WOMEN IN MING & QING DYNASTIES CHINA 1368-1830
China has been an exceedingly traditional society for thousands of years, especially the last 2500 years. This is exemplified by the low status accorded women since Confucius’ ideas were presented through his Analects and Five Classics, and utilized for civil service examinations. The patriarchal structure of the family was clearly defined. While ancestor worship began long before Confucius’ time (circa 500 B.C.E.), and women ancestors were worshiped in the Hsia and Shang dynasties 2500- B.C.E. The influence of Confucianism resulted in only male names being placed on the altar list of ancestors, and presumably the female gender was omitted from the propitiation of their deceased relatives. In China there was a huge social influence of the patriarchal family, especially compared to the West throughout Chinese history. While there was early goddess worship and female shamanism, over time these practices were eliminated. Nu Wa, was the creatrix who made the Chinese people out of mud, and female shamans communicated with the spirit world.1 Ti or Di was the name for the god of the Heavens, and at the beginning of the Chou Dynasty (11th century B.C.E), the new ruler issued his statement that Heaven had granted him the Mandate of Heaven to rule China. From then on, all new dynasties claimed this providence.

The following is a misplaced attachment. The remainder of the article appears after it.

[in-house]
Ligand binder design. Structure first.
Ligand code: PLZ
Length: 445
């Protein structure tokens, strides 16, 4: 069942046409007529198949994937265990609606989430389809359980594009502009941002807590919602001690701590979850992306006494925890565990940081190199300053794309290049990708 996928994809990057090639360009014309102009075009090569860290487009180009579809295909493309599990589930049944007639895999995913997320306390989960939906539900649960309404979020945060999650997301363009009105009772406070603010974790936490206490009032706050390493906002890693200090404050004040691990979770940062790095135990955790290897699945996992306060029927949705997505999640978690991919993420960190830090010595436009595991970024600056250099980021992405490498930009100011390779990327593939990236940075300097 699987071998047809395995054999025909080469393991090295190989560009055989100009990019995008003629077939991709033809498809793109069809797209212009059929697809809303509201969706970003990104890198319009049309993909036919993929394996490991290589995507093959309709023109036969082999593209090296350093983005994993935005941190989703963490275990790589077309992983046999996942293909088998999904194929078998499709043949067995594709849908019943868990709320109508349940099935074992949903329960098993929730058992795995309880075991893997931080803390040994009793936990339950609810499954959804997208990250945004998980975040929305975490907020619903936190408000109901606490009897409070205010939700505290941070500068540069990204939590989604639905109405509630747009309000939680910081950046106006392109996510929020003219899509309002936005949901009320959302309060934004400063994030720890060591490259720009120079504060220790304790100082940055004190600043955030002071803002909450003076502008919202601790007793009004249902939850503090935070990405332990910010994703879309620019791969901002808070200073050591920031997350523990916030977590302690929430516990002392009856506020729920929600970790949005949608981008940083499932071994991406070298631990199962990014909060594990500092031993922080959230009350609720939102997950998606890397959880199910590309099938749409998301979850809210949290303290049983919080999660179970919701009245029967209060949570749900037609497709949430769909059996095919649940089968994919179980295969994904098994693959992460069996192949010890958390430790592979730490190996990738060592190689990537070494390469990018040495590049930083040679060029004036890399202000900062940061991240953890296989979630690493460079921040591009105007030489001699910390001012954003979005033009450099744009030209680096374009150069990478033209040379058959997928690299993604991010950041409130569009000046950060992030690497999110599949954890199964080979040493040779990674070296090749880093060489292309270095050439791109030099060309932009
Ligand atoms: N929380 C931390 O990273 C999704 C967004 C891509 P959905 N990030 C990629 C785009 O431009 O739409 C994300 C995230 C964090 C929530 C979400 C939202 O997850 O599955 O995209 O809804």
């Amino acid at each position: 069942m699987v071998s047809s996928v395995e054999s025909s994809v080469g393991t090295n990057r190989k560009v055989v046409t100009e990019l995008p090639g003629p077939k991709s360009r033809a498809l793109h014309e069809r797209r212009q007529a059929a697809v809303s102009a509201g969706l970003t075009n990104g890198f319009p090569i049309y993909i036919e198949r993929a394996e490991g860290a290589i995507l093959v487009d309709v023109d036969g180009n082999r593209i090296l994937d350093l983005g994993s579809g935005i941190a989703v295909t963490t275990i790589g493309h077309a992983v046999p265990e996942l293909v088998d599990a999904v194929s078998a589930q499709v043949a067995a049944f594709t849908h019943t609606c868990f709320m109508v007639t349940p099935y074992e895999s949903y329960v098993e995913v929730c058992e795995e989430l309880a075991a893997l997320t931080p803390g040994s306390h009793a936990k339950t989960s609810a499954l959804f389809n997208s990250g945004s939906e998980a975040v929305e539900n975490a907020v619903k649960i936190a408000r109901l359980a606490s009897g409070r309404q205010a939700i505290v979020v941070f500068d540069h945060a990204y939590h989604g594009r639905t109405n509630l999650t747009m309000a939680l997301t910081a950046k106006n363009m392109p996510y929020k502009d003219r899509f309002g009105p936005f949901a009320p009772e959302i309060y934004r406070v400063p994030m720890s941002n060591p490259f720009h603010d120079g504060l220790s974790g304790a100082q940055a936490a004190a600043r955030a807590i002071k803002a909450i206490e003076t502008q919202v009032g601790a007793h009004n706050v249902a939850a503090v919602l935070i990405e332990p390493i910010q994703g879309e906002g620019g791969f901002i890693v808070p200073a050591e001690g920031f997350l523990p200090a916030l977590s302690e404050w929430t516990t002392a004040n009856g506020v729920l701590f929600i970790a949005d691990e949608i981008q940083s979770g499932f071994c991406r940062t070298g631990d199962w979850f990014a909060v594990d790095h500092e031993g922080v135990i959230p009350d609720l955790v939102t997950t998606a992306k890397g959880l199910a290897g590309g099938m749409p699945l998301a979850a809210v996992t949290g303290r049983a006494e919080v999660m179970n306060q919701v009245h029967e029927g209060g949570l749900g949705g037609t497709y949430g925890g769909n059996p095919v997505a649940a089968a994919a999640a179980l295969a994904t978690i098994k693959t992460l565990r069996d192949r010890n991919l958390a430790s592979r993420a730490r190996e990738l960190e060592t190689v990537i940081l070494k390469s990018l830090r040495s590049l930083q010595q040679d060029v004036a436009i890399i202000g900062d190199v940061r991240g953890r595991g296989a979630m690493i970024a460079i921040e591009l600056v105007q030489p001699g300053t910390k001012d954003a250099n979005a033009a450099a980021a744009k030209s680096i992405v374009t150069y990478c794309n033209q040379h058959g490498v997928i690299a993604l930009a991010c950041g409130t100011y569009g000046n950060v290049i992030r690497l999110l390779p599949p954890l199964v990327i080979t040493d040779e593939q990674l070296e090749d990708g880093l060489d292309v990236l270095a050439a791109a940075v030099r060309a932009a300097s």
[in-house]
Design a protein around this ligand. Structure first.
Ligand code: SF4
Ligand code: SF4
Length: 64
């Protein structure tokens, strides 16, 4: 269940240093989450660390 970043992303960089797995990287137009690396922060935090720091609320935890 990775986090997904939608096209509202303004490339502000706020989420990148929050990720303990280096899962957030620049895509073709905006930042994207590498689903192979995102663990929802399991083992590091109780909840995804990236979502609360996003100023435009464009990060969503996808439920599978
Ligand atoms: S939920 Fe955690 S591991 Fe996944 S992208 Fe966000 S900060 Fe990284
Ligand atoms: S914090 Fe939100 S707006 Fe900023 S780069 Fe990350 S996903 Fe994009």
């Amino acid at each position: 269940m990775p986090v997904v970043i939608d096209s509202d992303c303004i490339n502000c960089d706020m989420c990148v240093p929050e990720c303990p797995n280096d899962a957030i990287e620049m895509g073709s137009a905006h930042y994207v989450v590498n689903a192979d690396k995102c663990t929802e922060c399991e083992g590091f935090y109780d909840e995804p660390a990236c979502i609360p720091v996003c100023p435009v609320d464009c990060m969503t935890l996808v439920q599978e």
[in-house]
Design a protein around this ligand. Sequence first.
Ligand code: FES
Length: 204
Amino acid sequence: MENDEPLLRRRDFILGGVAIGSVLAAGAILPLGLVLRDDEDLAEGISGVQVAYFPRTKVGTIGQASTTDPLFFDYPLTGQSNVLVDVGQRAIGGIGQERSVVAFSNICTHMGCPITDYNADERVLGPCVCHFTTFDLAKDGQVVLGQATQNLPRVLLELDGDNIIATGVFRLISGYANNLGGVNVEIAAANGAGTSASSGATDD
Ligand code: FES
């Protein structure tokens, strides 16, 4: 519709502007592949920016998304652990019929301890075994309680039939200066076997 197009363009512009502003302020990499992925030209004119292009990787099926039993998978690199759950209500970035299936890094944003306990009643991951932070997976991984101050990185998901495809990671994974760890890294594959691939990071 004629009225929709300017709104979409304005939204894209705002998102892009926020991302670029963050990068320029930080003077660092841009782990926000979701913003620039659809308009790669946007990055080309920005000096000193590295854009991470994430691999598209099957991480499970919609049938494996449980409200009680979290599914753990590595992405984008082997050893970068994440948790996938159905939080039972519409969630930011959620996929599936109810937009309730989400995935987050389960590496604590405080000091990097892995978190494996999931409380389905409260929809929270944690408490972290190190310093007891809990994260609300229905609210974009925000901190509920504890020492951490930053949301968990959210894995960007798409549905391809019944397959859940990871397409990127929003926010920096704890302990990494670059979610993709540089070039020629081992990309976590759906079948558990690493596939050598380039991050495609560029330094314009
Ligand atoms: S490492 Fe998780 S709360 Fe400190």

Here are some of the blatant misogynistic statements purported
made by Confucius and his followers relating to girls/women that were passed down through the centuries:
“When the coat upon your back is old, worn or no longer is in fashion, do you not take another?”
“The most beautiful and talented daughter is not as desirable as a deformed son.”